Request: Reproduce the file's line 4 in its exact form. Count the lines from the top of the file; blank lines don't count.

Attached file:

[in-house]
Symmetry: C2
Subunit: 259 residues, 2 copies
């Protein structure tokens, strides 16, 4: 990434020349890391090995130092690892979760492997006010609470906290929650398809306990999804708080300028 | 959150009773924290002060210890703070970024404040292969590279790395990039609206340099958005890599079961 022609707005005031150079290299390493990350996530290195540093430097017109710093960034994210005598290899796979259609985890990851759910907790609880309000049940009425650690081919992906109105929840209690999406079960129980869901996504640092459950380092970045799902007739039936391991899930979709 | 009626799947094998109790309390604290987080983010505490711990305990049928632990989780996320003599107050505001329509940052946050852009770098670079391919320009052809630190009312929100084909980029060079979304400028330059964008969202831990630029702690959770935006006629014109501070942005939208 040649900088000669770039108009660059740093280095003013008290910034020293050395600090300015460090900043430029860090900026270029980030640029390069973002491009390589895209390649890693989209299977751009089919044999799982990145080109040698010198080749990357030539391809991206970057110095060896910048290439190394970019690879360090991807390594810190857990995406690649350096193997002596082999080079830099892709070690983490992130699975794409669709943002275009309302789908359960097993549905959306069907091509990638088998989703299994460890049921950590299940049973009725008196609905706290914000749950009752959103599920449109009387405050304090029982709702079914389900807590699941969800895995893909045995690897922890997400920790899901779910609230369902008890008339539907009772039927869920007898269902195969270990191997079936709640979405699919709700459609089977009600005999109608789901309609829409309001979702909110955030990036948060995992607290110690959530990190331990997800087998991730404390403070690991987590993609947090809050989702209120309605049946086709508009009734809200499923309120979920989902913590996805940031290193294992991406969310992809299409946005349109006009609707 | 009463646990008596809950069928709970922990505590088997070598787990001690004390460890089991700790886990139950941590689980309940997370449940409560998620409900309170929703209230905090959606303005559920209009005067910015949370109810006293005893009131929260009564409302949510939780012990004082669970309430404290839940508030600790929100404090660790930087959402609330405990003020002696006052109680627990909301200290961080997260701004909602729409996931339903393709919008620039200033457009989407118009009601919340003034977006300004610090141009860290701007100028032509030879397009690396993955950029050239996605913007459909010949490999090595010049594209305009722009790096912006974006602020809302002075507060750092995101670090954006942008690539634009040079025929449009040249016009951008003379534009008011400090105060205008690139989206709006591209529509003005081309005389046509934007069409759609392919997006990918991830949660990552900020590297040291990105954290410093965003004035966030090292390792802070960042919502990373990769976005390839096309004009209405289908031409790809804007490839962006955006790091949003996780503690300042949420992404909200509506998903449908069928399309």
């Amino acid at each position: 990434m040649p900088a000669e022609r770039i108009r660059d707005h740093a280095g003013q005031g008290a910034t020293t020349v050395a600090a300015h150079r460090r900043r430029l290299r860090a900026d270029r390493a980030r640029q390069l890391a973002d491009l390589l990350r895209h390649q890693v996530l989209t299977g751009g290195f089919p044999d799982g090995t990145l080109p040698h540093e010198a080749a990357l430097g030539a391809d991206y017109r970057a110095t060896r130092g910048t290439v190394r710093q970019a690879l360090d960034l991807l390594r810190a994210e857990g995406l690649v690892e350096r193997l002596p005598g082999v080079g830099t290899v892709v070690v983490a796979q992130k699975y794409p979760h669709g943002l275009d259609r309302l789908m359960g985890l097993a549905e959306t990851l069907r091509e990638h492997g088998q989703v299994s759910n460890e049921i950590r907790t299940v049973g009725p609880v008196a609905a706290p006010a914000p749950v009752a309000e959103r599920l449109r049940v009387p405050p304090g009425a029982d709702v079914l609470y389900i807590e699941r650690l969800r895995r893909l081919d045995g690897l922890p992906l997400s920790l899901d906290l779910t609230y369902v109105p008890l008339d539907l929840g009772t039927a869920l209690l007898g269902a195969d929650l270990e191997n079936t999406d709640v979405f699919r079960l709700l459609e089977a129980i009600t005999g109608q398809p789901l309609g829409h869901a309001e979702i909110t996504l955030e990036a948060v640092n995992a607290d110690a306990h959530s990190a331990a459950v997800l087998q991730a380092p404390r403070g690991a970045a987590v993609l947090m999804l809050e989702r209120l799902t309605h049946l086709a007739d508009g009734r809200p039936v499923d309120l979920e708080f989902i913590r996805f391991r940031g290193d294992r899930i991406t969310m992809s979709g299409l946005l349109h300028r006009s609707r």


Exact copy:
């Protein structure tokens, strides 16, 4: 990434020349890391090995130092690892979760492997006010609470906290929650398809306990999804708080300028 | 959150009773924290002060210890703070970024404040292969590279790395990039609206340099958005890599079961 022609707005005031150079290299390493990350996530290195540093430097017109710093960034994210005598290899796979259609985890990851759910907790609880309000049940009425650690081919992906109105929840209690999406079960129980869901996504640092459950380092970045799902007739039936391991899930979709 | 009626799947094998109790309390604290987080983010505490711990305990049928632990989780996320003599107050505001329509940052946050852009770098670079391919320009052809630190009312929100084909980029060079979304400028330059964008969202831990630029702690959770935006006629014109501070942005939208 040649900088000669770039108009660059740093280095003013008290910034020293050395600090300015460090900043430029860090900026270029980030640029390069973002491009390589895209390649890693989209299977751009089919044999799982990145080109040698010198080749990357030539391809991206970057110095060896910048290439190394970019690879360090991807390594810190857990995406690649350096193997002596082999080079830099892709070690983490992130699975794409669709943002275009309302789908359960097993549905959306069907091509990638088998989703299994460890049921950590299940049973009725008196609905706290914000749950009752959103599920449109009387405050304090029982709702079914389900807590699941969800895995893909045995690897922890997400920790899901779910609230369902008890008339539907009772039927869920007898269902195969270990191997079936709640979405699919709700459609089977009600005999109608789901309609829409309001979702909110955030990036948060995992607290110690959530990190331990997800087998991730404390403070690991987590993609947090809050989702209120309605049946086709508009009734809200499923309120979920989902913590996805940031290193294992991406969310992809299409946005349109006009609707 | 009463646990008596809950069928709970922990505590088997070598787990001690004390460890089991700790886990139950941590689980309940997370449940409560998620409900309170929703209230905090959606303005559920209009005067910015949370109810006293005893009131929260009564409302949510939780012990004082669970309430404290839940508030600790929100404090660790930087959402609330405990003020002696006052109680627990909301200290961080997260701004909602729409996931339903393709919008620039200033457009989407118009009601919340003034977006300004610090141009860290701007100028032509030879397009690396993955950029050239996605913007459909010949490999090595010049594209305009722009790096912006974006602020809302002075507060750092995101670090954006942008690539634009040079025929449009040249016009951008003379534009008011400090105060205008690139989206709006591209529509003005081309005389046509934007069409759609392919997006990918991830949660990552900020590297040291990105954290410093965003004035966030090292390792802070960042919502990373990769976005390839096309004009209405289908031409790809804007490839962006955006790091949003996780503690300042949420992404909200509506998903449908069928399309």